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1.
Comput Biol Med ; 141: 105155, 2022 02.
Article in English | MEDLINE | ID: covidwho-1588033

ABSTRACT

Angiotensin-converting enzyme 2 (ACE2) is the first target of SARS-CoV-2 and a key functional host receptor through which this virus hooks into and infects human cells. The necessity to block this receptor is one of the essential means to prevent the outbreak of COVID-19. This study was conducted to determine the most eligible natural compound to suppress ACE2 to counterfeit its interaction with the viral infection. To do this, the most known compounds of sixty-six Iraqi medicinal plants were generated and retrieved from PubChem database. After preparing a library for Iraqi medicinal plants, 3663 unique ligands' conformers were docked to ACE2 using the GLIDE tool. Results found that twenty-three compounds exhibited the highest binding affinity with ACE2. The druglikeness and toxicity potentials of these compounds were evaluated using SwissADME and Protox servers respectively. Out of these virtually screened twenty-three compounds, epicatechin and kempferol were predicted to exert the highest druglikeness and lowest toxicity potentials. Extended Molecular dynamics (MD) simulations showed that ACE2-epicatechin complex exhibited a slightly higher binding stability than ACE2-kempferol complex. In addition to the well-known ACE2 inhibitors that were identified in previous studies, this study revealed for the first time that epicatechin from Hypericum perforatum provided a better static and dynamic inhibition for ACE2 with highly favourable pharmacokinetic properties than the other known ACE2 inhibiting compounds. This study entailed the ability of epicatechin to be used as a potent natural inhibitor that can be used to block or at least weaken the SARS-CoV-2 entry and its subsequent invasion. In vitro experiments are required to validate epicatechin effectiveness against the activity of the human ACE2 receptor.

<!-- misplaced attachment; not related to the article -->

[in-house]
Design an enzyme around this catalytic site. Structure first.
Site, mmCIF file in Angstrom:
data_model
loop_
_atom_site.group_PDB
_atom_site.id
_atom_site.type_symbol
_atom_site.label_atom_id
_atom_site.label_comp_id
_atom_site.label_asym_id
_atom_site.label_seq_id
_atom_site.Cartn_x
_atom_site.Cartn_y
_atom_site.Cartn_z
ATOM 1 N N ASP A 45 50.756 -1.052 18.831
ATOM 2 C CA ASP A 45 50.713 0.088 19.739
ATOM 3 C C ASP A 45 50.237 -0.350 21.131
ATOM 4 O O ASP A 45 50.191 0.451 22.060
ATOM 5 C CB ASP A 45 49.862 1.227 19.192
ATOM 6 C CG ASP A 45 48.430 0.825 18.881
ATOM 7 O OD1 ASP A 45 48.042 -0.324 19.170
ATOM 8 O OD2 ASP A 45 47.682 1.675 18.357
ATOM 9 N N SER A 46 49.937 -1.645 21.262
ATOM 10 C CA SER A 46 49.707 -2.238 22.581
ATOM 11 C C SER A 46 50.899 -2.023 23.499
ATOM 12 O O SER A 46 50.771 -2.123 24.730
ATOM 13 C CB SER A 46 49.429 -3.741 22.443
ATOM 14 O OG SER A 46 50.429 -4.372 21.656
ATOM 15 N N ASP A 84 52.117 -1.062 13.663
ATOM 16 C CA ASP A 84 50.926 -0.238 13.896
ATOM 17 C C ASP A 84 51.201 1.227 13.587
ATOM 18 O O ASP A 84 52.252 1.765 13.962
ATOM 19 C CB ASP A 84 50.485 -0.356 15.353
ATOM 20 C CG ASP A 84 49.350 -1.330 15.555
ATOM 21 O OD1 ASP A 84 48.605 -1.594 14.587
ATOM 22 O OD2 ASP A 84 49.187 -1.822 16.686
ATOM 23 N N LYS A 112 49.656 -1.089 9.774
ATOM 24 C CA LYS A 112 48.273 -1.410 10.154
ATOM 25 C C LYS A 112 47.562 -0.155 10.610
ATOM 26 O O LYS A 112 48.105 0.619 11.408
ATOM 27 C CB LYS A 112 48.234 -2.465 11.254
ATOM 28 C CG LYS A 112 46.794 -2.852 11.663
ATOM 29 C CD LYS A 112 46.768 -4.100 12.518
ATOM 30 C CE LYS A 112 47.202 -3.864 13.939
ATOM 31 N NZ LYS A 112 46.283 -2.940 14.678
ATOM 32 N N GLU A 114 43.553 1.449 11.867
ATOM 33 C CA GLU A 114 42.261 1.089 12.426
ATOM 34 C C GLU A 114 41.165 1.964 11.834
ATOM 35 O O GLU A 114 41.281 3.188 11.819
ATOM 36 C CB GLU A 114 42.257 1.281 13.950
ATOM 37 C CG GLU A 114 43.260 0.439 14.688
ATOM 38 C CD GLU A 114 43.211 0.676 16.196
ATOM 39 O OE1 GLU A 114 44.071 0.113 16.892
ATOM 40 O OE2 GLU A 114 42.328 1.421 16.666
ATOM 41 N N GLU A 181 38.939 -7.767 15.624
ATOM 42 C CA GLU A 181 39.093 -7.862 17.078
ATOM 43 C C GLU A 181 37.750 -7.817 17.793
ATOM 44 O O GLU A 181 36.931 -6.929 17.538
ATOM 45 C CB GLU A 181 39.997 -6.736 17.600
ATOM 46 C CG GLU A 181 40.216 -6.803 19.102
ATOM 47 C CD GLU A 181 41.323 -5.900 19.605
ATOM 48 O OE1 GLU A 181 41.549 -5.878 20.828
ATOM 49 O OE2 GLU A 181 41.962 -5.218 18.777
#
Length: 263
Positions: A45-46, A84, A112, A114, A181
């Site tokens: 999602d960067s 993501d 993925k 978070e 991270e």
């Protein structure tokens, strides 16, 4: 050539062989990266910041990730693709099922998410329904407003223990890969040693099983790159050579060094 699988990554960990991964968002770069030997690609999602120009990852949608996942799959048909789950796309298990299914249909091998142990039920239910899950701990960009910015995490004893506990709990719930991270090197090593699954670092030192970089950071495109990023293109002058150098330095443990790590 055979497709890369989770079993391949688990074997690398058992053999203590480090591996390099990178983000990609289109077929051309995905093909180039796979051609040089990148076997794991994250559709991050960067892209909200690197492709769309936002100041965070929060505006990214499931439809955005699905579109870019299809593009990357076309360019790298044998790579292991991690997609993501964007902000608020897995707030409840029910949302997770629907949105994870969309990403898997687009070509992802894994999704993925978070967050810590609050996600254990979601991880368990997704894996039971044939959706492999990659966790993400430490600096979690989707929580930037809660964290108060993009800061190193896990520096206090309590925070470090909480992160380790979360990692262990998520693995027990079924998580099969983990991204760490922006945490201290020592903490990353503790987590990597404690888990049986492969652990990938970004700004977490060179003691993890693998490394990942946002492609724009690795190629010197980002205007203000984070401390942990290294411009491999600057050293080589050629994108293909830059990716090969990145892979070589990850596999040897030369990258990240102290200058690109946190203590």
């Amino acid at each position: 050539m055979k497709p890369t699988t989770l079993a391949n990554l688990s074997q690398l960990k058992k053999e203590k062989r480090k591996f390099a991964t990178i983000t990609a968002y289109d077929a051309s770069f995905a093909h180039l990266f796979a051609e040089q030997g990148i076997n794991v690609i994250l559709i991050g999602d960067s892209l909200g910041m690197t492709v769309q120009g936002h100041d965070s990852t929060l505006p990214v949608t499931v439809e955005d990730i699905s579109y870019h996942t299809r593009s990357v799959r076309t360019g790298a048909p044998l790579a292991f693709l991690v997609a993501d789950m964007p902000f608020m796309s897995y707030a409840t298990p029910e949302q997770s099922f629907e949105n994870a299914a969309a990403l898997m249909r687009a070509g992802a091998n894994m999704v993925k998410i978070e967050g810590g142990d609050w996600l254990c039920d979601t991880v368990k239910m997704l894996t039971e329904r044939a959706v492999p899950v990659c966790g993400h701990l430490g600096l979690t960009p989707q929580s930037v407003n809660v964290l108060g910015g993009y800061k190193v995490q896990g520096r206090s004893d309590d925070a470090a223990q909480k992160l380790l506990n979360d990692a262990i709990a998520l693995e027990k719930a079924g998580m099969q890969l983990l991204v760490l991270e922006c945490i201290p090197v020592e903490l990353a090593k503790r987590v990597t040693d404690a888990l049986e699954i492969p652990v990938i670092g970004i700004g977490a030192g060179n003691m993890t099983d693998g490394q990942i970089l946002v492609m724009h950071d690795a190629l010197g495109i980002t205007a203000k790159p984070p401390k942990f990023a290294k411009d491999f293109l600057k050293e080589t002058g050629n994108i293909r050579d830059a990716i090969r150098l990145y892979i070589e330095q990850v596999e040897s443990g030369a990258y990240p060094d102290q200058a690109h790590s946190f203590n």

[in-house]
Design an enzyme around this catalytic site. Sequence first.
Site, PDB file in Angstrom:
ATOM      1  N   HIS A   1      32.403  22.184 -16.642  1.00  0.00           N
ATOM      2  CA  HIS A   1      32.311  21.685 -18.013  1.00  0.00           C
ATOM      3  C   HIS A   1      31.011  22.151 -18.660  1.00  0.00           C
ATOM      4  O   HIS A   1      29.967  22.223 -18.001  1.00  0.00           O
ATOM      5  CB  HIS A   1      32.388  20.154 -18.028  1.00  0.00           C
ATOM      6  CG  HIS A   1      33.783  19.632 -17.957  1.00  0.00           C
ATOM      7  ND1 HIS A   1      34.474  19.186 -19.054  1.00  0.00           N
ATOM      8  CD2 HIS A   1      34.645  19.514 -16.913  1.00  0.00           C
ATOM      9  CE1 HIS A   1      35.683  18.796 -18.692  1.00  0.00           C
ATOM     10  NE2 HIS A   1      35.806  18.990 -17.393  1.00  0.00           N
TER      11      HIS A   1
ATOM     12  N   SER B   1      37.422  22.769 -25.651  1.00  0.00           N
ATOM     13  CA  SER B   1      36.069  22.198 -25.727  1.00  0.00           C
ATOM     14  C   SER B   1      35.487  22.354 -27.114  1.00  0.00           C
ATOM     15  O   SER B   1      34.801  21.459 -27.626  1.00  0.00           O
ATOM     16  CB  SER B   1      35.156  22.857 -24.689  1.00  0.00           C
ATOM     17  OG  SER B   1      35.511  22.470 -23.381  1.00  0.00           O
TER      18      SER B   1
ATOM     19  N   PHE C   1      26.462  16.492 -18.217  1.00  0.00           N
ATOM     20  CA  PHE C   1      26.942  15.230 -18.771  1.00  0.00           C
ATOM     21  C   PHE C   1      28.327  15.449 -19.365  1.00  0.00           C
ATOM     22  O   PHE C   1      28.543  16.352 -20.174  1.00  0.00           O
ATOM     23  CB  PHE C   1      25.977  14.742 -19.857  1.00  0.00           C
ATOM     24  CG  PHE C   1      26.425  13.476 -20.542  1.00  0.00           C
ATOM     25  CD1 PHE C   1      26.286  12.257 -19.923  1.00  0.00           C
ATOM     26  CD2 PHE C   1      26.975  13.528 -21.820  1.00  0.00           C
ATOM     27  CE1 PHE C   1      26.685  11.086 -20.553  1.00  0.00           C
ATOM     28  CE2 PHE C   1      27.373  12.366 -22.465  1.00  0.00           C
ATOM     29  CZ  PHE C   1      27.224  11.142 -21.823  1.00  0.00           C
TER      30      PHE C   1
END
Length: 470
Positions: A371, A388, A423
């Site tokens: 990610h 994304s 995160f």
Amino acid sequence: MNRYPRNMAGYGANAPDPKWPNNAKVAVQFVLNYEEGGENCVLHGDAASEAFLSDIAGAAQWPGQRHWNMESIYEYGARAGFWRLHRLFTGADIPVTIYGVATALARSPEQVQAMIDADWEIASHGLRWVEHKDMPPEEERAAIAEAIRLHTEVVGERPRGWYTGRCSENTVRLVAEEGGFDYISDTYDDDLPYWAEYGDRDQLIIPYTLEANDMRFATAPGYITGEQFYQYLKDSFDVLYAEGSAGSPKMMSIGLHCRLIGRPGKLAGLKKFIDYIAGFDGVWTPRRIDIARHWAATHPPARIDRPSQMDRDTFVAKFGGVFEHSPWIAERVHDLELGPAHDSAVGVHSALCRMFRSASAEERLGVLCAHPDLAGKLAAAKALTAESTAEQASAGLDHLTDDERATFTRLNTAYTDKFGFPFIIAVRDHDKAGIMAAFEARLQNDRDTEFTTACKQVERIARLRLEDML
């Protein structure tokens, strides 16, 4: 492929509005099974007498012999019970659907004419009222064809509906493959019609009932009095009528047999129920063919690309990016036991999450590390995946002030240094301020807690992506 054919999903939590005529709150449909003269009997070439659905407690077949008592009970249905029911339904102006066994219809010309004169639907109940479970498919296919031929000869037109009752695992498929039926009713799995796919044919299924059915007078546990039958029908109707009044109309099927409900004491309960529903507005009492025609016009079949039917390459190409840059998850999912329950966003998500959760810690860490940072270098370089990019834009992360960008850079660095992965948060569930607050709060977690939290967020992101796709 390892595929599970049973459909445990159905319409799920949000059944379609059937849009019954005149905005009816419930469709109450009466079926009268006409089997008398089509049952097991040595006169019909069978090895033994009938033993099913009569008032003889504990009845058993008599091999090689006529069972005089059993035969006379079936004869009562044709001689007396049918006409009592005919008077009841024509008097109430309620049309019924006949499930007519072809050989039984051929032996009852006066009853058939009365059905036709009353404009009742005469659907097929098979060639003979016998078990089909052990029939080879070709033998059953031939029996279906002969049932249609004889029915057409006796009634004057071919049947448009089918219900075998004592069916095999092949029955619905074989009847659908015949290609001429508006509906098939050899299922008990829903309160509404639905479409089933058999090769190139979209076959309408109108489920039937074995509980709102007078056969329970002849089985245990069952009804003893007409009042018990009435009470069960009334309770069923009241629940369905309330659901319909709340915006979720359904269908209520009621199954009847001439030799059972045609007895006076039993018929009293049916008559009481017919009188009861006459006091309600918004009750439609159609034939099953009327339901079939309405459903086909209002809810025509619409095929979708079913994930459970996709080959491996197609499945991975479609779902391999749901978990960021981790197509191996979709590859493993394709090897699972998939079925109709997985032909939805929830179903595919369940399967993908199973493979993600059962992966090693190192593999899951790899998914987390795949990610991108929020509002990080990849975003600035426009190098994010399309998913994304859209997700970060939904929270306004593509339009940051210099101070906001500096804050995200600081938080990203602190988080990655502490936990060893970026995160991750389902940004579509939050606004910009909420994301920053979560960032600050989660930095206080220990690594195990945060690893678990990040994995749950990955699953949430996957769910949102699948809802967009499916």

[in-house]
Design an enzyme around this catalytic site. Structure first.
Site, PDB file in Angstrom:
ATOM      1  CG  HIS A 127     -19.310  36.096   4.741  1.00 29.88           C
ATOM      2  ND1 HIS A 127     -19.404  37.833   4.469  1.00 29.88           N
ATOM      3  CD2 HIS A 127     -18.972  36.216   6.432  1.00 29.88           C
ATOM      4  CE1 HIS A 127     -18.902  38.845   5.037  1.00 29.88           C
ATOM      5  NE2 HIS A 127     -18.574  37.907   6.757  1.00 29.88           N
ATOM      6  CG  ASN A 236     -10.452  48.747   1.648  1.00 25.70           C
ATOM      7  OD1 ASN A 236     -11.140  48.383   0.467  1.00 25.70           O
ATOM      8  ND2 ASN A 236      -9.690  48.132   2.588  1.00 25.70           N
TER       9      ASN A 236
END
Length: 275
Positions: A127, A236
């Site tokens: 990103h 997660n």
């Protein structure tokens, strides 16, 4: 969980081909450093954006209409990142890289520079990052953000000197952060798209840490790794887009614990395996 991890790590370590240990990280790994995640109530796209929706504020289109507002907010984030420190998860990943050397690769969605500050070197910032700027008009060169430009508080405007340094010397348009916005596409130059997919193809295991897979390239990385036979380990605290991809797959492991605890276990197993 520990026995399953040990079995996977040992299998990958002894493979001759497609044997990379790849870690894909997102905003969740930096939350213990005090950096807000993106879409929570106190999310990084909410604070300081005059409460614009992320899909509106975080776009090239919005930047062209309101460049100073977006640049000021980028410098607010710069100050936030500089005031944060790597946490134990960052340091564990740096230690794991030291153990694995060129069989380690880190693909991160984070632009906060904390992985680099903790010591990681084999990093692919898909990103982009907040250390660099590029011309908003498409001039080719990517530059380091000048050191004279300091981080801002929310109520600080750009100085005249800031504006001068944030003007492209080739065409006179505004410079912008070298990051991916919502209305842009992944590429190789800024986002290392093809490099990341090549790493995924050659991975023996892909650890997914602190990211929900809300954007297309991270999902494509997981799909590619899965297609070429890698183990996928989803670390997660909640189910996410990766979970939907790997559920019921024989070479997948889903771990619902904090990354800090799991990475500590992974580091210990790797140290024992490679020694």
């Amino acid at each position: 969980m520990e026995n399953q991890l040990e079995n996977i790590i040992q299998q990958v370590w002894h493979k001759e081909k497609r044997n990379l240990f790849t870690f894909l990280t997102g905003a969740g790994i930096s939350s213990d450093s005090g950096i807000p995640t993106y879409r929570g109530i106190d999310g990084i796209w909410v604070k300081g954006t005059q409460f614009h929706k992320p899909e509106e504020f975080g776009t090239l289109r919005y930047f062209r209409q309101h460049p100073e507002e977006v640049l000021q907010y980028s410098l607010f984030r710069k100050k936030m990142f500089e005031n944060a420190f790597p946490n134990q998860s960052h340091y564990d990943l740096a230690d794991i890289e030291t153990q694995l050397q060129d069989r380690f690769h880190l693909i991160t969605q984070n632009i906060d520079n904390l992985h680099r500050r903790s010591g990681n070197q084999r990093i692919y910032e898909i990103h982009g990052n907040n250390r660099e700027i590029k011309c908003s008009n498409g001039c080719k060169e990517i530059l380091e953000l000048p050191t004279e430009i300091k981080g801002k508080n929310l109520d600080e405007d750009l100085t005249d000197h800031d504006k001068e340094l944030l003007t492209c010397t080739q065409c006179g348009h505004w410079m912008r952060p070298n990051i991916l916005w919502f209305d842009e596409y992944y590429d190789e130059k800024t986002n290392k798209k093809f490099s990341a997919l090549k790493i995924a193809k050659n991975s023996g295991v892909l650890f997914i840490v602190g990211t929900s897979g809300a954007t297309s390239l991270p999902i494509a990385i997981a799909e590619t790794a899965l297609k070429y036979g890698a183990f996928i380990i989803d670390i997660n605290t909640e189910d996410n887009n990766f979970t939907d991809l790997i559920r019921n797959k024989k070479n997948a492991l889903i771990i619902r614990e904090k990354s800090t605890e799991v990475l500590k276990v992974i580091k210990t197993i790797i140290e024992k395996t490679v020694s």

Subject(s)
Angiotensin-Converting Enzyme 2/antagonists & inhibitors , Antiviral Agents/pharmacology , Catechin , SARS-CoV-2 , Virus Internalization/drug effects , COVID-19 , Catechin/pharmacology , Humans , Molecular Docking Simulation , Molecular Dynamics Simulation , Protein Binding
2.
Viruses ; 13(12)2021 12 17.
Article in English | MEDLINE | ID: covidwho-1580427

ABSTRACT

The COVID-19 pandemic has resulted in a huge number of deaths from 2020 to 2021; however, effective antiviral drugs against SARS-CoV-2 are currently under development. Recent studies have demonstrated that green tea polyphenols, particularly EGCG, inhibit coronavirus enzymes as well as coronavirus replication in vitro. Herein, we examined the inhibitory effect of green tea polyphenols on coronavirus replication in a mouse model. We used epigallocatechin gallate (EGCG) and green tea polyphenols containing more than 60% catechin (GTP60) and human coronavirus OC43 (HCoV-OC43) as a surrogate for SARS-CoV-2. Scanning electron microscopy analysis results showed that HCoV-OC43 infection resulted in virion particle production in infected cells. EGCG and GTP60 treatment reduced coronavirus protein and virus production in the cells. Finally, EGCG- and GTP60-fed mice exhibited reduced levels of coronavirus RNA in mouse lungs. These results demonstrate that green tea polyphenol treatment is effective in decreasing the level of coronavirus in vivo.


Subject(s)